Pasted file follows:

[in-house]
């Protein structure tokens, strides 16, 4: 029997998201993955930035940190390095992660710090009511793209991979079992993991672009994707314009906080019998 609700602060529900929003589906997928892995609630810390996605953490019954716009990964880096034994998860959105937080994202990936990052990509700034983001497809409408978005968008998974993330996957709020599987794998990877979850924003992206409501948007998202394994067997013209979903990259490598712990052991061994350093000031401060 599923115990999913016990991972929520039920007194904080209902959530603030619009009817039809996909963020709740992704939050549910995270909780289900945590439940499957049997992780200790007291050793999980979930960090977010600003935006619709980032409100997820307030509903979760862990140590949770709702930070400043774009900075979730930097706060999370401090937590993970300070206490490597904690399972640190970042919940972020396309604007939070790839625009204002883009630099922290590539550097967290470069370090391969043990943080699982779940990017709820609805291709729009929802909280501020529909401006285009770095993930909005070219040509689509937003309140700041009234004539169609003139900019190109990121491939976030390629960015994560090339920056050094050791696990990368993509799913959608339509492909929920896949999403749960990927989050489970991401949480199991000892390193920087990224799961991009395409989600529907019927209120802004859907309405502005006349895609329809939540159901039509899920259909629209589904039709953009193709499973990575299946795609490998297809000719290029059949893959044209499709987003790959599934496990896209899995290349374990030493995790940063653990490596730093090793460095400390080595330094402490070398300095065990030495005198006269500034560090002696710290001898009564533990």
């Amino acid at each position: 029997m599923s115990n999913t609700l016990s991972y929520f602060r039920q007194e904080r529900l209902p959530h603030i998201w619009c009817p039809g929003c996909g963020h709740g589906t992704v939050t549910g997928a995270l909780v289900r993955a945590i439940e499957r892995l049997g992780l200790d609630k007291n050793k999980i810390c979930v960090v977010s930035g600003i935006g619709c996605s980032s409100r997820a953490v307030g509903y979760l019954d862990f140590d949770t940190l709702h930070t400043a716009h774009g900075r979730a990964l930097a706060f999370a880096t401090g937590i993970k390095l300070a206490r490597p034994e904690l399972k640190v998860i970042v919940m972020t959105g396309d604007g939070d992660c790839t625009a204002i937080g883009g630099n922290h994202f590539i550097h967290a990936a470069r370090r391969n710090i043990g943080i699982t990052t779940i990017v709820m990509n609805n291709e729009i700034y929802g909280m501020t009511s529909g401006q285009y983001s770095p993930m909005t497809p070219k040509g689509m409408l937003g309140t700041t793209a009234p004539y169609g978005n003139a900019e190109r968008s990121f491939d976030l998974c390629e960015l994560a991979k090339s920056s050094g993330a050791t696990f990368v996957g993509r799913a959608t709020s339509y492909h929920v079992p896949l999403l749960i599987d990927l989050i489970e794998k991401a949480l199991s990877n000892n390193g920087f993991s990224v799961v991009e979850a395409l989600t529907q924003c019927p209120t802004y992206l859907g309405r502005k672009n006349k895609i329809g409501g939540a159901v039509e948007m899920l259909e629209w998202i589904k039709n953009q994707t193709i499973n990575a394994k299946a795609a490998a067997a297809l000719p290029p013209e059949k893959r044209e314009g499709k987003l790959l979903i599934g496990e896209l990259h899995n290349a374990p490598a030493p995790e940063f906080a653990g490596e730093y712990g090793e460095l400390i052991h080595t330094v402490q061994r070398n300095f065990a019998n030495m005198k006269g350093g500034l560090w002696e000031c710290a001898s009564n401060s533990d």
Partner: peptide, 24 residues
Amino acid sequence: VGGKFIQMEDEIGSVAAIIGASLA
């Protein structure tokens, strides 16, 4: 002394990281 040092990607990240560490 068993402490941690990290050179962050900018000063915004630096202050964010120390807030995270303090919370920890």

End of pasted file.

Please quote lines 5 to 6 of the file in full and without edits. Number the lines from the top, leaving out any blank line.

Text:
Amino acid sequence: VGGKFIQMEDEIGSVAAIIGASLA
């Protein structure tokens, strides 16, 4: 002394990281 040092990607990240560490 068993402490941690990290050179962050900018000063915004630096202050964010120390807030995270303090919370920890």